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Province will not initiate bid to host 2030 Games: premier

Citynews 1130 Vancouver

Last Updated Feb 20, 2020 at 8:57 pm PDT

Summary

A referendum would also be required for another bid, as in 2010

'Vancouver was put under a lot of financial strain in 2010'

VANCOUVER (NEWS 1130) – The province would look at a bid to host the Winter Olympics again, but will not be initiating one, Premier John Horgan said Thursday.

The premier was responding to a suggestion earlier in the day by John Furlong, who led the 2010 organizing committee. Furlong told the Greater Vancouver Board of Trade on Thursday that the timing is right for Vancouver to bid to host the Games in 2030.

“I certainly feel there are lots of British Columbians and Canadians who have very fond memories of 2010. I know I do,” Horgan said, adding those Games were a success, but not without challenges leading up to the event.

But he wouldn’t commit to hosting the Olympics, again.

“If there’s a credible bid, I’d certainly take a look at it. But this needs to come from Vancouver, it needs to come from the committee. It’s not something we’ll be initiating,” Horgan said.

Bridgette Anderson, CEO of the Greater Vancouver Board of Trade, agreed hosting the 2030 Games would be a fantastic opportunity for the region, but said much discussion and consideration needs to occur before moving ahead with any bid plans.

“John Furlong has made a very inspiring and exciting challenge for all of us to consider, but to move ahead with something like this takes an incredible amount of collaboration and partnership, not only amongst the business community, but all three levels of government and our Indigenous partners, as well,” she said.

She added that hosting another Olympics would bring a great economic boost to the region and offer an opportunity to build on the legacy of 2010, but said some practical challenges exist.

Vancouver Mayor Kennedy Stewart is open to another Olympic bid.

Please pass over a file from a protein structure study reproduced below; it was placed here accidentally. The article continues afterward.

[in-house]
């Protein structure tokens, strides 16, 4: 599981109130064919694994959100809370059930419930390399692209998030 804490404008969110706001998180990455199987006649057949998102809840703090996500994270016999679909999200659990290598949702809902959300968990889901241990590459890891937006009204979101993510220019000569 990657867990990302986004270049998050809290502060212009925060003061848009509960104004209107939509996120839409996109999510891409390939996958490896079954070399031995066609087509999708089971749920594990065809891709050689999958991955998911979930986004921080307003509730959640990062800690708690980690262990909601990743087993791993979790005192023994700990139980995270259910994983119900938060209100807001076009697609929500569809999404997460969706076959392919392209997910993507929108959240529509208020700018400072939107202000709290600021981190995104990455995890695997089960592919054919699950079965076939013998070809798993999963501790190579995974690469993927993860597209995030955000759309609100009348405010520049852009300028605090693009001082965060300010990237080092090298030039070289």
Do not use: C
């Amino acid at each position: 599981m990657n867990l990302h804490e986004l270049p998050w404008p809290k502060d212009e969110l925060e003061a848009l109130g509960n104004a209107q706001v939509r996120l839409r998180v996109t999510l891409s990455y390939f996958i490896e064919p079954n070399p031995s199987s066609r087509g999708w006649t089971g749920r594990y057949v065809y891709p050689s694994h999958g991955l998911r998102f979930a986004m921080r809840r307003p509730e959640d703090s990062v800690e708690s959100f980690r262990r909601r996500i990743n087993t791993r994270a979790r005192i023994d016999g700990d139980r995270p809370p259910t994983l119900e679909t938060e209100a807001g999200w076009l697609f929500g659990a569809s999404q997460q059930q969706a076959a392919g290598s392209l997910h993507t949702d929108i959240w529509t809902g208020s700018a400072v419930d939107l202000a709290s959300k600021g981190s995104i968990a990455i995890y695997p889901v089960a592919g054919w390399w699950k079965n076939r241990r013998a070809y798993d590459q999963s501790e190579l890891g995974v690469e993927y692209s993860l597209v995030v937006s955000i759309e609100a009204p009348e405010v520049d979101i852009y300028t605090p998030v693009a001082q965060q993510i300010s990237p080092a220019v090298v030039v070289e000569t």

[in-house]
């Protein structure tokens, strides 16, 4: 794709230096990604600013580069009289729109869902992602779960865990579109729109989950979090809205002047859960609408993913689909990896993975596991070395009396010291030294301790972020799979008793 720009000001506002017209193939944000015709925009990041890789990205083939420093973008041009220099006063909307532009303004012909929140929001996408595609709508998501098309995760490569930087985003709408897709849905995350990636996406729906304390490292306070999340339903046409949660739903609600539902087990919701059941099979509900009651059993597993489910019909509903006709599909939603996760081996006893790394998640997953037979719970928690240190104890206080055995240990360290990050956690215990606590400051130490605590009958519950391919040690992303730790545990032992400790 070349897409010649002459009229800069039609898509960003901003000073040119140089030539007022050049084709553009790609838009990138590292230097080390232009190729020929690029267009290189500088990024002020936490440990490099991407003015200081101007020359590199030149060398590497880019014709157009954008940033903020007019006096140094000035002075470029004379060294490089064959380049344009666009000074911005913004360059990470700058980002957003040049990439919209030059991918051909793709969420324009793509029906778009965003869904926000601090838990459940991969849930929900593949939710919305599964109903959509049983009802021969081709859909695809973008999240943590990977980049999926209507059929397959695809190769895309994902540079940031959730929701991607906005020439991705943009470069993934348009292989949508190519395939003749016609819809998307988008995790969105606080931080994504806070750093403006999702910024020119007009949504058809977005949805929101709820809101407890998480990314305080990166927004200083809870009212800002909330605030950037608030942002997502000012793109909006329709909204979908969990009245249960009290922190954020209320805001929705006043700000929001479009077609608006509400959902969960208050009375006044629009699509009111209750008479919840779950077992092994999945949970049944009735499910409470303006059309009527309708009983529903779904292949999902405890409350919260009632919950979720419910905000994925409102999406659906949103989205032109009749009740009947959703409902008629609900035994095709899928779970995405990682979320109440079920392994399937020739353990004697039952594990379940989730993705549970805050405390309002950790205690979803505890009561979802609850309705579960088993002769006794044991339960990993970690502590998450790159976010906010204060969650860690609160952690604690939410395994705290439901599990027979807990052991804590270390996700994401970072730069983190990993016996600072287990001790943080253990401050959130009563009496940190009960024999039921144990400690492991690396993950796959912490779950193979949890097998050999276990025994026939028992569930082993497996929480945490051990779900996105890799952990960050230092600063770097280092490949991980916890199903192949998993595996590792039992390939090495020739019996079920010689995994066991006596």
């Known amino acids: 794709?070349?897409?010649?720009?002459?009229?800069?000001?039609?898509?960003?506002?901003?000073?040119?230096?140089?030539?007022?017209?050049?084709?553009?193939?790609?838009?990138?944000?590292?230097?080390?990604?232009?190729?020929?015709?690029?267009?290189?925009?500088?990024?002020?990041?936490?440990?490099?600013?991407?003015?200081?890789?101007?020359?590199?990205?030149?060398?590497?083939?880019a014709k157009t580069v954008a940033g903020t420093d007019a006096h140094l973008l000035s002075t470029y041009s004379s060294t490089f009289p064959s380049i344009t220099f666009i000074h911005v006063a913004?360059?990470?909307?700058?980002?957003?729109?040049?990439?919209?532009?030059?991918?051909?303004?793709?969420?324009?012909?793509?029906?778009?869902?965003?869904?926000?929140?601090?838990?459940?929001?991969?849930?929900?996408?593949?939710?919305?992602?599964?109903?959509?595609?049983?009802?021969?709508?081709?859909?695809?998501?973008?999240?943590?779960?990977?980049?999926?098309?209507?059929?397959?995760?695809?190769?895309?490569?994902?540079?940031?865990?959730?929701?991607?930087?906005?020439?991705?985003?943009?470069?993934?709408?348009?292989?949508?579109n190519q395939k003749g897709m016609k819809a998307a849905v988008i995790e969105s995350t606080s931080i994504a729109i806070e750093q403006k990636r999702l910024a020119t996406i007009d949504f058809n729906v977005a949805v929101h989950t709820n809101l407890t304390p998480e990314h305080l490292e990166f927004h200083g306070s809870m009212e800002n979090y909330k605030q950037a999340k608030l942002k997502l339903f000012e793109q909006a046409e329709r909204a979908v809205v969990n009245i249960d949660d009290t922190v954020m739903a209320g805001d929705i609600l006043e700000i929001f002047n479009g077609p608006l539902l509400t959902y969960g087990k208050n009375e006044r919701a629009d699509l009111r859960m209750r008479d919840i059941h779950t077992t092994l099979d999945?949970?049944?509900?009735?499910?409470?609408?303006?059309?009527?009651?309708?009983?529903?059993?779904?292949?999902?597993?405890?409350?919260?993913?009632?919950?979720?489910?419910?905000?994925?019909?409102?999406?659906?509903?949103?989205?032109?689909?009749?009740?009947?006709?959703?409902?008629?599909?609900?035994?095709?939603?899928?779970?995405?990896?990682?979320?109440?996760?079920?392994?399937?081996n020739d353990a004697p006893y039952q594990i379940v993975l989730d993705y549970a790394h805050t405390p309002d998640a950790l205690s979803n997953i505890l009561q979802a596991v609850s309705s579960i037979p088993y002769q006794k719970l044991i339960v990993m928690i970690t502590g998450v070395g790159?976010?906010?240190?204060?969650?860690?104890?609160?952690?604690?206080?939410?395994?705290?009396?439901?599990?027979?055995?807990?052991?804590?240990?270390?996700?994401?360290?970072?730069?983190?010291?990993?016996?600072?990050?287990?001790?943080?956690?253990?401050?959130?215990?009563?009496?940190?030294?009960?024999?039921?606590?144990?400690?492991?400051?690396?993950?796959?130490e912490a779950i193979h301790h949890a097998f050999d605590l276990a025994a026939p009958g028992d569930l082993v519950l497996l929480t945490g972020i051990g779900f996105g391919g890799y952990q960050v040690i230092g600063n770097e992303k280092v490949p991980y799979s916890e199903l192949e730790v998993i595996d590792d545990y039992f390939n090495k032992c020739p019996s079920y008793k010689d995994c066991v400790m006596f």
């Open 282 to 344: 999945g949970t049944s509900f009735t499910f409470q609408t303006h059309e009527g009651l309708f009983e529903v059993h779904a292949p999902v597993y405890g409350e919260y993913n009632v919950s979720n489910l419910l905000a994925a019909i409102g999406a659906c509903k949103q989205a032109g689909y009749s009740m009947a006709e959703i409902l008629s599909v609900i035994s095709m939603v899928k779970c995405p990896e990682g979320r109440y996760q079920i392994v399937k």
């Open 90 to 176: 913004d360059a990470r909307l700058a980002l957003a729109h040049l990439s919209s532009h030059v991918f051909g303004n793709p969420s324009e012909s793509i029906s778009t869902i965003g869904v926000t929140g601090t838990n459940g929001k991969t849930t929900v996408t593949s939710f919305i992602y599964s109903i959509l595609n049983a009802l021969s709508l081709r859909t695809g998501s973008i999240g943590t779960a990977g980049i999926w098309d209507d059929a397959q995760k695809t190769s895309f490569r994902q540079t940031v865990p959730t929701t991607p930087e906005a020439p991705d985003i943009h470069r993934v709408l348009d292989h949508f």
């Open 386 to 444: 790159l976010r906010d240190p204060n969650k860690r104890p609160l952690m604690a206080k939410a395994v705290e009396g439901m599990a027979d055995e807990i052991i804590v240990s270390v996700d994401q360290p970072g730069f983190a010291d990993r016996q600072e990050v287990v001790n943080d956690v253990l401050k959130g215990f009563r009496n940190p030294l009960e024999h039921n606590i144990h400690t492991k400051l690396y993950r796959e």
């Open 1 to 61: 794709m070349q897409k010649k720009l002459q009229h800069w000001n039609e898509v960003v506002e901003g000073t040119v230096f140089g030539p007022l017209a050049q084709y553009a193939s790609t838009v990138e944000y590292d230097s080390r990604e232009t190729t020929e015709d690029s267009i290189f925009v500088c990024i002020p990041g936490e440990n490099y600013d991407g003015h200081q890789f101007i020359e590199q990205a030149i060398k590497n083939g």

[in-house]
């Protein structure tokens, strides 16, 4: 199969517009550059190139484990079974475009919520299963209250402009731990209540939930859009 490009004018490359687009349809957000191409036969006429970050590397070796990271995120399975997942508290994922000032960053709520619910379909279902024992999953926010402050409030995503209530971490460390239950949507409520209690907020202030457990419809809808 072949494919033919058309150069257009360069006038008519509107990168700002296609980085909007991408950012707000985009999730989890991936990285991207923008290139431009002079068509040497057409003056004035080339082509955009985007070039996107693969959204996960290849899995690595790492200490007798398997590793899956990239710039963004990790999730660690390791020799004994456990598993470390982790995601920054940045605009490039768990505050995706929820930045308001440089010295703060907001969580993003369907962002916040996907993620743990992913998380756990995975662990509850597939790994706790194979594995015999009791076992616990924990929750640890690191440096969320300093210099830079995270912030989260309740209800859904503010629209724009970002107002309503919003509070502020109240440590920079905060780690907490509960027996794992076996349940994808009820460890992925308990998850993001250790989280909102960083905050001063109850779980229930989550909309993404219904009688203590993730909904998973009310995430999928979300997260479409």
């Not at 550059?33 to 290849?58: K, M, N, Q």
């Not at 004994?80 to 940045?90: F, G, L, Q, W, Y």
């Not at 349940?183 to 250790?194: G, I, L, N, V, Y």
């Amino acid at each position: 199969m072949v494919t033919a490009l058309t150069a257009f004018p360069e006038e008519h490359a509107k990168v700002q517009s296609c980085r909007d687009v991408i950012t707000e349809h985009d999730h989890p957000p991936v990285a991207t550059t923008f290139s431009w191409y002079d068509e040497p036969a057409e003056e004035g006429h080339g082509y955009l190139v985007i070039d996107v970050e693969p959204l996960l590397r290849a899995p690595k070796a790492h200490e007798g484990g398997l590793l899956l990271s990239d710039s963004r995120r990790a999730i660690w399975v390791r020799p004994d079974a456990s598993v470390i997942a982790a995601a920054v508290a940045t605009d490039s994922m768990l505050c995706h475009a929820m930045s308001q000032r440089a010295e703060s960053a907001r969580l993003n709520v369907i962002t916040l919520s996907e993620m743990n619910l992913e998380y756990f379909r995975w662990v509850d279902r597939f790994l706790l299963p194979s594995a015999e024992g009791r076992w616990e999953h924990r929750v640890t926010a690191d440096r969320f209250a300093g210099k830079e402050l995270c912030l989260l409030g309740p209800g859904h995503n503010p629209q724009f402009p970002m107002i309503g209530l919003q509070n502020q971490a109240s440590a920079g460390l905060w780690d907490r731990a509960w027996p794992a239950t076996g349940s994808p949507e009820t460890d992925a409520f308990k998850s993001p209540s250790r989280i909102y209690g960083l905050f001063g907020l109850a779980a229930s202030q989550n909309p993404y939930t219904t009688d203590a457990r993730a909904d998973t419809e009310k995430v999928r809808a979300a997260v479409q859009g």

“I think it’s a good idea, but this would be a question for the premier and the prime minister, ultimately,” he said.

The provincial and federal governments would have to strike committees to move a bid forward, Stewart added.

A referendum would also be required, as in 2010, he said, and the city would need some funding assurances from senior governments to move ahead.

“The city was put under a lot of financial strain. It was a lot of fun, people had a great time here, but there was significant cost for the city.”

Stewart specifically mentioned housing and other challenges, such as the overdose crisis facing the city.

“Any large event like that would have to mesh well with out priorities that we are dealing with here with the city,” Stewart said.

Justin Fung, with the advocacy group Housing Action for Local Taxpayers, was surprised by Furlong’s suggestion.

“Certainly, if we are going to be hosting another Olympics in the future, it would be important for us to consider: ‘What are we doing about homelessness and how are we ensuring we’re not pushing more people out of their homes and onto the streets,” he said.

Fung would want to ensure any potential housing for future Olympic athletes have a social benefit as opposed to just being sold off to investors, and that taxpayers benefit from land near any related transportation improvements.

Hamish Telford, a political science professor at the University of the Fraser Valley, said the costs involved in another Olympic bid would be too complex and restrictive, while the benefits too few or risky.

“Western democracies, I think, are not enthusiastic. Governments have become more cautious about it as well.”

He adds only a few countries like China and Russia seem to be willing to assume all the risks deflected by the International Olympic Committee.